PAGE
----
I didn’t feel I could just go to the meeting in case I was going to be asked to do something that was pro-same-sex sexual relationships, like be part of a big campaign. I didn’t want to have to make some big statement in front of everyone. But I didn’t feel I could just ignore the email – I’ve never ignored an email from the school before; simply being in the presence of a headteacher still makes me feel the need to be ‘good’…

I realised this request gave me an opportunity to be an example for my children. If I acted like I had nothing to say, or no courage to say what I wanted, they would follow. But if I could communicate well, and love others without compromising the truth, maybe they would follow that too.

So, I wrote an email to the head explaining that I’m against bullying of all kinds, but, because I love God and want to live his way, some people might think that I’m part of the problem. Would I still be welcome at the meeting? I read the email to my oldest son and asked him what he thought. He agreed it was good and was happy for me to send it.

I loved the reply from our Stonewall champion school: ‘We welcome anyone to these meetings. We recognise that people are from different cultural and religious backgrounds and we are not seeking to change anyone’s position but simply to raise awareness of an important issue.’

YES! I had been brave. No one died. I have not been asked to remove my children from the school, and I received some respect for my views.

Here’s the question that’s challenged me: Are the rest of us happy for those who are same-sex attracted to go out on a limb, answering the questions, defending their life choices, while we go around hoping no one will ask us what we think?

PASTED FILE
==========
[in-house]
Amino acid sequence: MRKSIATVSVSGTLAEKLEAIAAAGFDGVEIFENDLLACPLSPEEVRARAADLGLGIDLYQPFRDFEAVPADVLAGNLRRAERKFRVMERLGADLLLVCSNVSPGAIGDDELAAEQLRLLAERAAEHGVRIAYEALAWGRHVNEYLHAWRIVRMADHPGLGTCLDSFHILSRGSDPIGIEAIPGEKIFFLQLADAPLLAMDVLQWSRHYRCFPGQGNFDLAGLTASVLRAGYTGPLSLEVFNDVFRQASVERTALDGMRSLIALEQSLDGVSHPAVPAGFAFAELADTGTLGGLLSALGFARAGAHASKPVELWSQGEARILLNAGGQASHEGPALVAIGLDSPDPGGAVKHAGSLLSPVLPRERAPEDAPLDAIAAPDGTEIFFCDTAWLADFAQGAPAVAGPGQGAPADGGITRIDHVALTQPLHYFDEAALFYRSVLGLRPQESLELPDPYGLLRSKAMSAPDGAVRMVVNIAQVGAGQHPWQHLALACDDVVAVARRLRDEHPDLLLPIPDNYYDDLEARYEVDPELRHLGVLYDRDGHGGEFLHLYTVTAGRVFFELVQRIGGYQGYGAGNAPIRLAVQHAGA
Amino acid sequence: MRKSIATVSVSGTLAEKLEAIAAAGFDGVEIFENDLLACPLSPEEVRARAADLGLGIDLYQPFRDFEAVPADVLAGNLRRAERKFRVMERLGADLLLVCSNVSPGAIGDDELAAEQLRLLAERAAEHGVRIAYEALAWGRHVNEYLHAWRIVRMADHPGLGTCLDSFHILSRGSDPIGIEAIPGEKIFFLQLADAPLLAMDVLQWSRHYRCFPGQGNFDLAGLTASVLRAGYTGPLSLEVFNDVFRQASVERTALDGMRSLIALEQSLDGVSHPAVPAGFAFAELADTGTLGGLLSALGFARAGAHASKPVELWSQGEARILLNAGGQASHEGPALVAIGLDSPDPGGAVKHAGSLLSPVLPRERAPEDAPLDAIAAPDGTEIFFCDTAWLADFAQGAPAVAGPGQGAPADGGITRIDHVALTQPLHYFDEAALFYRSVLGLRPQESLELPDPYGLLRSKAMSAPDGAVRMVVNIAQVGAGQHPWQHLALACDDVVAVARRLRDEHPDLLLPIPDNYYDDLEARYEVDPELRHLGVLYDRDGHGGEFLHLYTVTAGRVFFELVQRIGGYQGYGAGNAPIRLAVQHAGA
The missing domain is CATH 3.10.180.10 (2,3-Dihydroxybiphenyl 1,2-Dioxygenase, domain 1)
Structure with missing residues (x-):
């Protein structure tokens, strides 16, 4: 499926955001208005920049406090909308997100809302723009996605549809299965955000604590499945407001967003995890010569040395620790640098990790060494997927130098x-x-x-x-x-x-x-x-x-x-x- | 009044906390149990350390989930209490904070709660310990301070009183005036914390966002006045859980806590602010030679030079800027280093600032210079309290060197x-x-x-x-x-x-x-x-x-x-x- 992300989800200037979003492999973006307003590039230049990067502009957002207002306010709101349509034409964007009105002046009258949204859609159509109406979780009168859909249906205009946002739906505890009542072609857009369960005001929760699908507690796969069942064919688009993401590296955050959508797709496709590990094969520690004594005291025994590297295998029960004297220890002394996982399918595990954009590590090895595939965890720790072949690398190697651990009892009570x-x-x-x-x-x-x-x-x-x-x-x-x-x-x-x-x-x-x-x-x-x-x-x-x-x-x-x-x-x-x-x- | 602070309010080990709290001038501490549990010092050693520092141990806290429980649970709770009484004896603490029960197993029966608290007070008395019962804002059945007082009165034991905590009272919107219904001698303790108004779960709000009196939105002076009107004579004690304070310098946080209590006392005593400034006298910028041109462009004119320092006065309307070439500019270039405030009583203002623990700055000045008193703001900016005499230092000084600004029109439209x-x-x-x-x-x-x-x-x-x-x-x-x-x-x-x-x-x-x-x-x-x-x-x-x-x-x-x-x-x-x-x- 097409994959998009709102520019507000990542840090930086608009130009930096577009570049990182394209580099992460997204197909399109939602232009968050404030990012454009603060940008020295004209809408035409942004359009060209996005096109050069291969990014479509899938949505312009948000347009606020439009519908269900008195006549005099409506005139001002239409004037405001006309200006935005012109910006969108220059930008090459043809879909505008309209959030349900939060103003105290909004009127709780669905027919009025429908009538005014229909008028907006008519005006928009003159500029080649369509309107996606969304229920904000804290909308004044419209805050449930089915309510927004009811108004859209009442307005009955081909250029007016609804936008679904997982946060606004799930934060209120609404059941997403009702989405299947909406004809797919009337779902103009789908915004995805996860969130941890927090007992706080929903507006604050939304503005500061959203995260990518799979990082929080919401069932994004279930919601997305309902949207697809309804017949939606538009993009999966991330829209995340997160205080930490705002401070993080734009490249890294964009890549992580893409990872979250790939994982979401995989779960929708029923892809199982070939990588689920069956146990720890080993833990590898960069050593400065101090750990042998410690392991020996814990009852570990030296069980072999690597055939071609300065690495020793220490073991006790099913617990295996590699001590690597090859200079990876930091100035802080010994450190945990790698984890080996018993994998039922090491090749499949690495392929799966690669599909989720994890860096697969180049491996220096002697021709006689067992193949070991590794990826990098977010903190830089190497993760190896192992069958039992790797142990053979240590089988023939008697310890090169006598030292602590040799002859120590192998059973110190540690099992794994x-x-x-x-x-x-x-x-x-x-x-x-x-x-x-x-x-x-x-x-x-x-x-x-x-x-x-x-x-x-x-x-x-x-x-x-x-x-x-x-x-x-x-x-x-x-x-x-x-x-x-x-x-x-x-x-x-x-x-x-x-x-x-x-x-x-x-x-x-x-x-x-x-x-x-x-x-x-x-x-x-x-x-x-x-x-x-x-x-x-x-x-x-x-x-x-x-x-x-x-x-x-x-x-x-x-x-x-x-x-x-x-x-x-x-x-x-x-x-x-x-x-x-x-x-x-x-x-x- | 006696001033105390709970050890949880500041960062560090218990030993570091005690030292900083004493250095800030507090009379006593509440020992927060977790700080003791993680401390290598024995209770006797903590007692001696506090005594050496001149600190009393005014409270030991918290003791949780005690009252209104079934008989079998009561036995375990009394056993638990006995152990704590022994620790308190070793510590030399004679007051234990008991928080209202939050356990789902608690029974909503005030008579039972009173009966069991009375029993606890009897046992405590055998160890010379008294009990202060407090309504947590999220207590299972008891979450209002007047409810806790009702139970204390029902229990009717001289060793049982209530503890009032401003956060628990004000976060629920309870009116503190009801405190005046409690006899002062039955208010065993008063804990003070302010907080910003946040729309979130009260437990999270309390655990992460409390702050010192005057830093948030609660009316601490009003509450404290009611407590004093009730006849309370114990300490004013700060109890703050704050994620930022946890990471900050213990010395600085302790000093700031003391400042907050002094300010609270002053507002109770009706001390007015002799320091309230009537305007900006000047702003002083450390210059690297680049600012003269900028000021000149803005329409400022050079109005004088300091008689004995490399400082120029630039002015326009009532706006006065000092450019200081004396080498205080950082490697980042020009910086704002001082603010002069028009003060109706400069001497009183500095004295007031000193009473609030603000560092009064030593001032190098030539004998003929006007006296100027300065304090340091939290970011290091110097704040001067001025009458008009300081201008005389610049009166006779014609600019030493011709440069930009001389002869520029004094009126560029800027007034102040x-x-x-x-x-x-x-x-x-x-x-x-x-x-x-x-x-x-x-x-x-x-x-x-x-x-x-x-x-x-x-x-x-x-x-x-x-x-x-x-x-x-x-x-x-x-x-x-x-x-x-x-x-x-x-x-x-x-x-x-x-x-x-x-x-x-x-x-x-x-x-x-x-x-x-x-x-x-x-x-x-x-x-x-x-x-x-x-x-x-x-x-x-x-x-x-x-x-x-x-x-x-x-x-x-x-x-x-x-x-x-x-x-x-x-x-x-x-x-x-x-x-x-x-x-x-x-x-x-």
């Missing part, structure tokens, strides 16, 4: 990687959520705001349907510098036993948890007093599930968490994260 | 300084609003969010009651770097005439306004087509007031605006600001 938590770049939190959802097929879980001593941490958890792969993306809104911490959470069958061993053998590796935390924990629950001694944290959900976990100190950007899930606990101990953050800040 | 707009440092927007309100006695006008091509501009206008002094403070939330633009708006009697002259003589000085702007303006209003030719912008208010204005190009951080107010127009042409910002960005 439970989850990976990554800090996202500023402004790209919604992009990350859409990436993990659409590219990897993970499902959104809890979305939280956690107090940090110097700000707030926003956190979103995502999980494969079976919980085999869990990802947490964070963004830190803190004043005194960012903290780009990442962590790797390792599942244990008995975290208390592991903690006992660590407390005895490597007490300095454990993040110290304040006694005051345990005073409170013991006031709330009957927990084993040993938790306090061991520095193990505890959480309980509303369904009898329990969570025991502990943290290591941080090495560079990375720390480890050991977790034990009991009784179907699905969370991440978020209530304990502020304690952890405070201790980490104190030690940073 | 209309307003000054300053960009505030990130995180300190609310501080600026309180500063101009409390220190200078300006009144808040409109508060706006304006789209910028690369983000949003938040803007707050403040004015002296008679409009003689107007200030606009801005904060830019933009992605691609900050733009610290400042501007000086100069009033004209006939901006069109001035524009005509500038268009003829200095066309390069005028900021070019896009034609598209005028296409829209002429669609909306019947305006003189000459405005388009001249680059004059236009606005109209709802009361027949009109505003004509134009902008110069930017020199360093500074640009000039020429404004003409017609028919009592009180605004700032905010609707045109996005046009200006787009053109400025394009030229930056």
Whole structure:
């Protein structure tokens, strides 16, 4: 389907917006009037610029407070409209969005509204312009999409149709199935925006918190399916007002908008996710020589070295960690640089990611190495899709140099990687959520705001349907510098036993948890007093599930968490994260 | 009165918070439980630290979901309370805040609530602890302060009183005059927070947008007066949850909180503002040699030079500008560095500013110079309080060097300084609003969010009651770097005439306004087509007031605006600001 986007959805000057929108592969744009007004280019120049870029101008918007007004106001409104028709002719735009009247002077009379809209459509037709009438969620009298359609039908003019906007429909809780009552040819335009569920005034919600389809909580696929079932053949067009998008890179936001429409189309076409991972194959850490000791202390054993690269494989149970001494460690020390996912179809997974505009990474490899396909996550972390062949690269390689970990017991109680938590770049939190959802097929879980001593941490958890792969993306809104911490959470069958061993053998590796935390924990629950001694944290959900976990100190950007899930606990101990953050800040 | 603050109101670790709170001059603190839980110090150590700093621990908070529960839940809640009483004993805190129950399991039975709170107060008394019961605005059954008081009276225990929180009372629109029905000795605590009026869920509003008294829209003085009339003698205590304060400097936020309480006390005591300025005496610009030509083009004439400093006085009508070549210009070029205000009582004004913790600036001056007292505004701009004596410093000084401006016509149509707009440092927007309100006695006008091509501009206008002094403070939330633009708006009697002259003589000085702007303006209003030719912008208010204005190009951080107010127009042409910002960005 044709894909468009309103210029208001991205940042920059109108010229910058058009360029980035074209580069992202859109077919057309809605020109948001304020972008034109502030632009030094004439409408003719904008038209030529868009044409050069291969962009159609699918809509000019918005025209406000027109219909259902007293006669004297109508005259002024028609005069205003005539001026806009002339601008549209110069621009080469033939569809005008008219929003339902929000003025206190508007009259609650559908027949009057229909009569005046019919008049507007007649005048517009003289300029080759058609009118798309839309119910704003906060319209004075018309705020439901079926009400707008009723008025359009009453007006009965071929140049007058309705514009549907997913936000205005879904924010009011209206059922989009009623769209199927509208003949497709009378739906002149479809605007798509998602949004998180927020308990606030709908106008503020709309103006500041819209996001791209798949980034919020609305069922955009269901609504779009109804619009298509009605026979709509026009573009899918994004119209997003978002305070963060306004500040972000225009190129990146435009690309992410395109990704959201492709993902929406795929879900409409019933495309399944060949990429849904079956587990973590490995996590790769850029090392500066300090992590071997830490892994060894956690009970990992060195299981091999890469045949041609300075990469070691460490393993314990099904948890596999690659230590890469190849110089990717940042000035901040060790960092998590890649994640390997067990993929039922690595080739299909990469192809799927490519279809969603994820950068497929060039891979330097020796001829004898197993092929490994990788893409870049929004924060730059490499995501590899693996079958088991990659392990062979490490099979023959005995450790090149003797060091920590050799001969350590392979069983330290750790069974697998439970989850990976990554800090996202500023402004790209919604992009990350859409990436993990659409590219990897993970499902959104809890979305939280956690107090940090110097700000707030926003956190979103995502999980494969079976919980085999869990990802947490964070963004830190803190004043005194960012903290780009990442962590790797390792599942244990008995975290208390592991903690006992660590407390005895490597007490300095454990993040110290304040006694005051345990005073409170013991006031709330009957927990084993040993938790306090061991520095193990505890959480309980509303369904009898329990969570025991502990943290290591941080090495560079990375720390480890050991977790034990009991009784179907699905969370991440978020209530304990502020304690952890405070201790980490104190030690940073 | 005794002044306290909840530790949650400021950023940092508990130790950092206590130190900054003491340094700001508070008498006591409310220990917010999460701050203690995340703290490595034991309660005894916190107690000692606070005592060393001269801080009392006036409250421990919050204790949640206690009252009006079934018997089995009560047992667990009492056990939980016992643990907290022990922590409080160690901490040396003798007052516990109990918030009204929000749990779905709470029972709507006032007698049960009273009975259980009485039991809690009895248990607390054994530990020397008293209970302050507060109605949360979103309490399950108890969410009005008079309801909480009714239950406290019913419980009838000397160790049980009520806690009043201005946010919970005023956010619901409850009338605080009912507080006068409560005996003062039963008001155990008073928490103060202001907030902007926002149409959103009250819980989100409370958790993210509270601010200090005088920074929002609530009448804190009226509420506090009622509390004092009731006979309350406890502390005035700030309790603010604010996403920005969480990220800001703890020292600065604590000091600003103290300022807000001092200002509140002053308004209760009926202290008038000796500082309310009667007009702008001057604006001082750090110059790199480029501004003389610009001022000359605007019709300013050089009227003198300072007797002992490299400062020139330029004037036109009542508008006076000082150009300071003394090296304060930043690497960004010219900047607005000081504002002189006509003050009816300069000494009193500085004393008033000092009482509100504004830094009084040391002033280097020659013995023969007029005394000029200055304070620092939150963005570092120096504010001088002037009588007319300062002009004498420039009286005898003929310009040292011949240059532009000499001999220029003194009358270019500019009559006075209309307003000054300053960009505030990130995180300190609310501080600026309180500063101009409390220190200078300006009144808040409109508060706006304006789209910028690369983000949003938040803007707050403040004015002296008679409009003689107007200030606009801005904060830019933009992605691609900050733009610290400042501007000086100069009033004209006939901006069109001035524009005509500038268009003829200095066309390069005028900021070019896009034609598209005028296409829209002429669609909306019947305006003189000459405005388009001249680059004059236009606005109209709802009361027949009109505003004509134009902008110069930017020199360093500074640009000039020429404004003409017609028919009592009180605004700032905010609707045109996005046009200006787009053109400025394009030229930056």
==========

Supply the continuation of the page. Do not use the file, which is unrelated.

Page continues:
Are the rest of us happy for those who are same-sex attracted to go out on a limb, answering the questions, defending their life choices, while we go around hoping no one will ask us what we think?

With every email sent, every question answered honestly, every opportunity prayed for and received, my courage has grown.

It is possible to be full of love and full of truth. We can be gentle and kind and yet not hide away. And we can show our young people in the ‘hot’ environment of school how to do that as well. With the help and wisdom of God, we can raise a generation of men and women who are not ashamed of the gospel, who love the truth and who love their neighbours. Maybe you’re not ready to pray for an opportunity to share what God thinks of same-sex marriage, but I will pray for you that next time you are challenged on what you think on this you won’t change the subject, but you will share what God says with an attitude of love.

I have found that speaking up is not as scary as I thought. And I am no longer willing for Anne, and all the others whose names I don’t know, to be out there speaking up while I hide comfortably in my quiet life.

Come on church. Shoulder to shoulder.